"Creed II" An Unusually Satisfying Sequel

If the worst that can be said for boxing pic “Creed II” is that it’s a touch predictable, bravo to 30-year-old director Steven Caple Jr. and his cast and crew.

Stepping in almost seamlessly for “Creed” writer-director Ryan Coogler (who was off making eventual billion-dollar grosser “Black Panther”), Caple ably imbues the sequel with the same mix of bravado and poise that made “Creed” so rousing. And just as “Creed” was a great “Rocky” film in its own right, “Creed II” is a fantastic “Creed” and “Rocky” sequel, cashing in the cheesy jingoism of 1985’s “Rocky IV” for something surprisingly substantial.

At long last: a movie deserving to bear the weight of the death of Apollo Creed at the hands of Russian battering ram Ivan Drago.

Star Michael B. Jordan builds on the title character here in a way that persuasively echoes the father Adonis never met, the actor either consciously or subconsciously mimicking the mannerisms that Carl Weathers lent Apollo so many years ago. The story begins a few years removed from the last film, our lead on the verge of becoming the heavyweight champion of the world. But something else weighs heavier on his mind: an impending marriage proposal to girlfriend Bianca (Tessa Thompson, given an expanded role this time around).

Adonis’ journey to the top of the boxing world is complete by the end of act one, paving the way for a bracingly effective story of fathers and sons, legacies and lives lived vicariously. More than thirty years after “Rocky IV,” Swedish actor Dolph Lundgren reprises the aforementioned Ivan Drago, now a grizzled, forgotten post-Soviet artifact living on the fumes of past glory and the promise of a son, Viktor (Florian Munteanu), who offers their surname a chance to reclaim boxing glory.

The dramatic pull of Adonis fighting the son of his father’s killer is obvious but riveting all the same, made even more engrossing by the shadow of Rocky Balboa.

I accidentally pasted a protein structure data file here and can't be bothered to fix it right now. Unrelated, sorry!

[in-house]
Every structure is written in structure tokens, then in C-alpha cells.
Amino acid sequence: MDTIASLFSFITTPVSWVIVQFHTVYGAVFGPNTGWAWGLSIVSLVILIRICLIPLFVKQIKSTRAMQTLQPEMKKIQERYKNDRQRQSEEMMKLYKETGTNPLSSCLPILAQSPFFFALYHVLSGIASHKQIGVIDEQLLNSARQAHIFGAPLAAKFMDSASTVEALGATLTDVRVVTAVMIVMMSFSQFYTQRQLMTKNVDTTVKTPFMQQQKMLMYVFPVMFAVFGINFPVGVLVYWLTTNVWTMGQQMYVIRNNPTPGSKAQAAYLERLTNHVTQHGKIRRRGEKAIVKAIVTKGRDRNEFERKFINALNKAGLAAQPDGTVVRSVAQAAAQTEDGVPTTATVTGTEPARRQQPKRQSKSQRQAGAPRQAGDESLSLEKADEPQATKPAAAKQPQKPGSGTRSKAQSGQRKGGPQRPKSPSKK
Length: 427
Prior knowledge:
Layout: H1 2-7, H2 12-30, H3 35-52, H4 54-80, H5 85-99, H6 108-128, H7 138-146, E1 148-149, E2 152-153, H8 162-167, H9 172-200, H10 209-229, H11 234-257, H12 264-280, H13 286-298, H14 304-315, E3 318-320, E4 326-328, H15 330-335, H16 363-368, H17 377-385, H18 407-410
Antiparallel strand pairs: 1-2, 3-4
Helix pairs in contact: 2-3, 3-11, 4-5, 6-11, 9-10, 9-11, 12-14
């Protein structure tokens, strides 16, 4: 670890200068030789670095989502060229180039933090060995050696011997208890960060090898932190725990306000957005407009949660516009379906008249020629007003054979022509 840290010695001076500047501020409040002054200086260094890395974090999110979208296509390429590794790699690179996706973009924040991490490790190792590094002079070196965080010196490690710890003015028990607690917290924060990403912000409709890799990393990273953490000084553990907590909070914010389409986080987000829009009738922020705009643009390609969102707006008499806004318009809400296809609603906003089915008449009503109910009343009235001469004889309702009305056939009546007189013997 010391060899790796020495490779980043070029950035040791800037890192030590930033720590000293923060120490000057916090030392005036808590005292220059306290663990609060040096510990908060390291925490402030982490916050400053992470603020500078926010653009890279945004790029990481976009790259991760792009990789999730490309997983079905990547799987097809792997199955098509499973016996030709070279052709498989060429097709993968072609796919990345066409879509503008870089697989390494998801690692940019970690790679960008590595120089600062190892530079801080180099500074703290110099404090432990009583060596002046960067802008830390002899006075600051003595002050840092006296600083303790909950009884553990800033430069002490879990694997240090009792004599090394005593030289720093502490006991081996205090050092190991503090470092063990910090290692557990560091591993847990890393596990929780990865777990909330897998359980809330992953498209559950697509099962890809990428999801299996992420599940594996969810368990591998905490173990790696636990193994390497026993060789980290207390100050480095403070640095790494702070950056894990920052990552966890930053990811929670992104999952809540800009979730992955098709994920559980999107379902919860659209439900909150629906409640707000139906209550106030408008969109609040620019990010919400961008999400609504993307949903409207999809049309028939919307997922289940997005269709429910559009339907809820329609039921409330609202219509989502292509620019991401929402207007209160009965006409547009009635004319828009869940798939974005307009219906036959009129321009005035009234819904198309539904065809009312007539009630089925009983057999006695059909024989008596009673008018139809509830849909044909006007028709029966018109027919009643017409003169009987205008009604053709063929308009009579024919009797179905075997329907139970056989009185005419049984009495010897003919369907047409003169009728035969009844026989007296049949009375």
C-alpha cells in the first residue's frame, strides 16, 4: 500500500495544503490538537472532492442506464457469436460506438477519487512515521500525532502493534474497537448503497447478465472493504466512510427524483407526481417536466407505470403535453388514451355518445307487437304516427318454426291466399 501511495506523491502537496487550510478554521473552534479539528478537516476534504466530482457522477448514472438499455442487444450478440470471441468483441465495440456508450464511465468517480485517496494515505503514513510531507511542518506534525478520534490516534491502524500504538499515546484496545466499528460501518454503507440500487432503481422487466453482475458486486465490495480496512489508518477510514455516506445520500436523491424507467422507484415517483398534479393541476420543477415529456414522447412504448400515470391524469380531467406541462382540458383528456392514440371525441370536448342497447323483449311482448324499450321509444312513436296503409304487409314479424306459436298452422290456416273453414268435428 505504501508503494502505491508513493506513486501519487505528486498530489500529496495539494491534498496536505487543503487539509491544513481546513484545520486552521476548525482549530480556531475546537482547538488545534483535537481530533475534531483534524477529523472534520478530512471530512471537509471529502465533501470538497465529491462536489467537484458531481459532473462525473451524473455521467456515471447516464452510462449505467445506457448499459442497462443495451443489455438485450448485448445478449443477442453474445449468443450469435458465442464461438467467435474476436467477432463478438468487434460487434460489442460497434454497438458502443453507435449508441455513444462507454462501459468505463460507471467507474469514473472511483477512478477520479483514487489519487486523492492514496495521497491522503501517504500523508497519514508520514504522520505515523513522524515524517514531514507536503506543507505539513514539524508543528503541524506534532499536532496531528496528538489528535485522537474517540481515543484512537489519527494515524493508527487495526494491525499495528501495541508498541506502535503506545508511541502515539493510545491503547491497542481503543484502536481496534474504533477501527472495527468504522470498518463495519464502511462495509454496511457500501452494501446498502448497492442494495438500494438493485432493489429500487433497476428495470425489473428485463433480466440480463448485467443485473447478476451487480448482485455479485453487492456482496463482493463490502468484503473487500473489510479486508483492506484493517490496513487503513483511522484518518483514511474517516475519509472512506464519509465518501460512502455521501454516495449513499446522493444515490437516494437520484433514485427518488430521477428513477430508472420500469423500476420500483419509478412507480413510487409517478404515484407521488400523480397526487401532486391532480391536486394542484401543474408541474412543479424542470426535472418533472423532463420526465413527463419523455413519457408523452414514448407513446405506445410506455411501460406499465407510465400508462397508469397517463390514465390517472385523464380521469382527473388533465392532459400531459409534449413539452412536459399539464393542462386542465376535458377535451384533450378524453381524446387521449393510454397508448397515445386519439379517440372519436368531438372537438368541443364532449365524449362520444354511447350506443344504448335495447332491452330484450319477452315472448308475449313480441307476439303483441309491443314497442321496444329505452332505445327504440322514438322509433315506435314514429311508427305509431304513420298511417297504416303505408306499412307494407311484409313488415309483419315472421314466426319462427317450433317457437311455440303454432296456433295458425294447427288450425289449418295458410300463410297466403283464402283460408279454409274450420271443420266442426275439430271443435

Here Sylvester Stallone plays the former champ for the eighth time on film (he also shares writing credit with newcomer Juel Taylor), wielding the right balance of droll Rocky-isms and haunted stares to allow Balboa to continue his long, slow ride into the sunset. Initially declining to train Adonis in the run-up to his first fight with Viktor, Rocky ultimately comes back into the fold, giving Ivan an in to the ultimate unsettled score.

Apart from some unconvincing green screen work that threatens to sink the movie’s final fight, Caple’s film is a good-looking one, its visuals efficiently linking it to both its immediate predecessor and “Rocky IV” (similarities between the movies’ training sequences are appreciated).

And while rich in appearance, the film is richer in thematics, its dramatic triangle of Balboa, Creed, and Drago satisfying for the duration. Glimpses into the hard life of the Dragos cut perfectly against Adonis’ ballooning wealth and fame, while Rocky subsists somewhere between the two: all three world champions with world-class demons.

Sports movies are inherently predictable. The clichés of “Creed II,” important ingredients in their own right, are essential to delivering the film’s emotional and visceral thrills, which it does consistently. The only question left unanswered is how “Creed III” could possibly match it.

-J. Olson

Rating: ★★★★ out of ★★★★★ (Very Good)

Release Date: November 21, 2018
Studio: MGM, New Line Cinema (Warner Bros.)
Director: Steven Caple Jr.
Screenwriters: Sylvester Stallone, Juel Taylor
Starring: Sylvester Stallone, Michael B. Jordan, Dolph Lundgren, Tessa Thompson, Florian Munteanu, Phylicia Rashad
MPAA Rating: PG-13 (for sports action violence, language, and a scene of sensuality)